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Venera 1

Venera 1 was the first spacecraft to fly by Venus. The probe consisted of a cylindrical body topped by a dome, totaling 2 meters in height. Two solar panels extended radially from the cylinder. A large (over 2 meter diameter) high-gain net antenna was used to receive signals from the ground. This antenna was attached to the cylinder. A long antenna arm was used to transmit signals to Earth. The probe was equipped with scientific instruments including a magnetometer attached to the end of a 2 meter boom, ion traps[?], micrometeorite[?] detectors, and cosmic radiation counters. The dome contained a pressurized sphere which carried a Soviet pennant and was designed to float on the putative Venus oceans after the intended Venus impact. Venera 1 had no on-board propulsion systems. Temperature control was achieved with thermal shutters.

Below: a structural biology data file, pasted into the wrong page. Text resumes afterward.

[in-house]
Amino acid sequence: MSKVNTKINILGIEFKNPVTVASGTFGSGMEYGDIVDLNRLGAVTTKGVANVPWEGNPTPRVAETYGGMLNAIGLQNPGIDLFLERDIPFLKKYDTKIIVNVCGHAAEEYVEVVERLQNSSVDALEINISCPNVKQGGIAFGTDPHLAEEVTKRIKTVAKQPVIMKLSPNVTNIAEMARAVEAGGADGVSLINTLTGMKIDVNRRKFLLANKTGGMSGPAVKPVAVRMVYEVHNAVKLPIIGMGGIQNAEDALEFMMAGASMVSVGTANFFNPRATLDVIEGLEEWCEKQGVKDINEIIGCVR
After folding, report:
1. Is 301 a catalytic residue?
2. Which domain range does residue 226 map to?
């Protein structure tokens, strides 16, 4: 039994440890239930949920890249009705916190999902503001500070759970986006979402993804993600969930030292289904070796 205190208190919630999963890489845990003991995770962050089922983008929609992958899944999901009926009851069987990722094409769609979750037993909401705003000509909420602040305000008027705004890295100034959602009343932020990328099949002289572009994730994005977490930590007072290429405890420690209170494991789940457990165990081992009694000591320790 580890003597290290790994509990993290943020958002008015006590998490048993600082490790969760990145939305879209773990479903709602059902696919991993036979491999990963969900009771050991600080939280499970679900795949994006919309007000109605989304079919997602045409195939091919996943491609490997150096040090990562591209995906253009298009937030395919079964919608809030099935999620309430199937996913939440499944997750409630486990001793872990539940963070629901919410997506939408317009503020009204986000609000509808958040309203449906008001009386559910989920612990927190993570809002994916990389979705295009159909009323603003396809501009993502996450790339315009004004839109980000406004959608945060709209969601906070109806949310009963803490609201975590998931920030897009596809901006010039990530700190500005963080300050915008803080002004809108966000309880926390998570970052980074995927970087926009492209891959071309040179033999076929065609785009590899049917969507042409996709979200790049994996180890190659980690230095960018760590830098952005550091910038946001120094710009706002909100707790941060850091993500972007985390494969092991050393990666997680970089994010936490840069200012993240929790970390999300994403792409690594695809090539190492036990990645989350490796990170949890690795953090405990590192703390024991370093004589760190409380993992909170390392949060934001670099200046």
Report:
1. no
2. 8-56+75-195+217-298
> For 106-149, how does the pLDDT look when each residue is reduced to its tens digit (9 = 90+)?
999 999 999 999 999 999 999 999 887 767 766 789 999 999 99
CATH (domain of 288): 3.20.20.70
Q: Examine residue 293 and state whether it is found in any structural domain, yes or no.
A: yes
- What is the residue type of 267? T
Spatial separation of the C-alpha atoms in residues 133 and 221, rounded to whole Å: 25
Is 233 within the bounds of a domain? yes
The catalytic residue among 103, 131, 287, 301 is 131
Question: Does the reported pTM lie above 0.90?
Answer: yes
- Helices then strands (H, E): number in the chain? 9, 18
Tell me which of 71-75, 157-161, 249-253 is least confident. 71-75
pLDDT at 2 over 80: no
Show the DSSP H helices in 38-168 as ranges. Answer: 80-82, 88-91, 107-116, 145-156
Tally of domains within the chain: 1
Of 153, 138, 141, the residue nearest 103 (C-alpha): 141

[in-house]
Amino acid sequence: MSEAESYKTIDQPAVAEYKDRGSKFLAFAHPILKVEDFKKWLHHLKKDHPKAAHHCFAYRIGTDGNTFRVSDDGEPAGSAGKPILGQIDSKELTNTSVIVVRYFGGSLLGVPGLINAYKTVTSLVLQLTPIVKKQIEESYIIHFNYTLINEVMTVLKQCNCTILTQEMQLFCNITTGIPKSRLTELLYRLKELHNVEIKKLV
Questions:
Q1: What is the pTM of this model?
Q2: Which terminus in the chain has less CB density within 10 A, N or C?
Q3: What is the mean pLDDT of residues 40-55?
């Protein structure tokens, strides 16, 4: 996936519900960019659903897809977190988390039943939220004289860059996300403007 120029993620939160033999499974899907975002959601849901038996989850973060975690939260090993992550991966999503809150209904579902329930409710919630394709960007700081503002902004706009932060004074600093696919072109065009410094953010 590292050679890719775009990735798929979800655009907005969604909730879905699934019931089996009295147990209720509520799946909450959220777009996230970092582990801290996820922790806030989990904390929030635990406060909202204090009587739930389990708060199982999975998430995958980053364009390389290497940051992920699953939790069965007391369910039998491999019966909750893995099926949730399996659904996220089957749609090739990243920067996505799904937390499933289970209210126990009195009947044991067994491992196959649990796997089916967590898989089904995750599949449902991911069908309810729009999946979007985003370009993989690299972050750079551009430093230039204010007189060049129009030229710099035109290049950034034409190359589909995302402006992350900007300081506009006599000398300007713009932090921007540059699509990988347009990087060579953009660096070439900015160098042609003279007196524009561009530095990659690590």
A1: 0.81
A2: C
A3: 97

Venera 1 was launched along with an Earth orbiting launch platform (Tyazheliy Sputnik 5 (61-003C)) with a SL-6/A-2-e launcher. From a 229 x 282 km orbit, the Venera 1 automatic interplanetary station was launched from the platform towards Venus with the fourth stage Zond rocket[?]. On February 19, 7 days after launch at a distance of about two million km from Earth, contact with the spacecraft was lost. On May 19 and 20, 1961, Venera 1 passed within 100,000 km of Venus and entered a heliocentric orbit.

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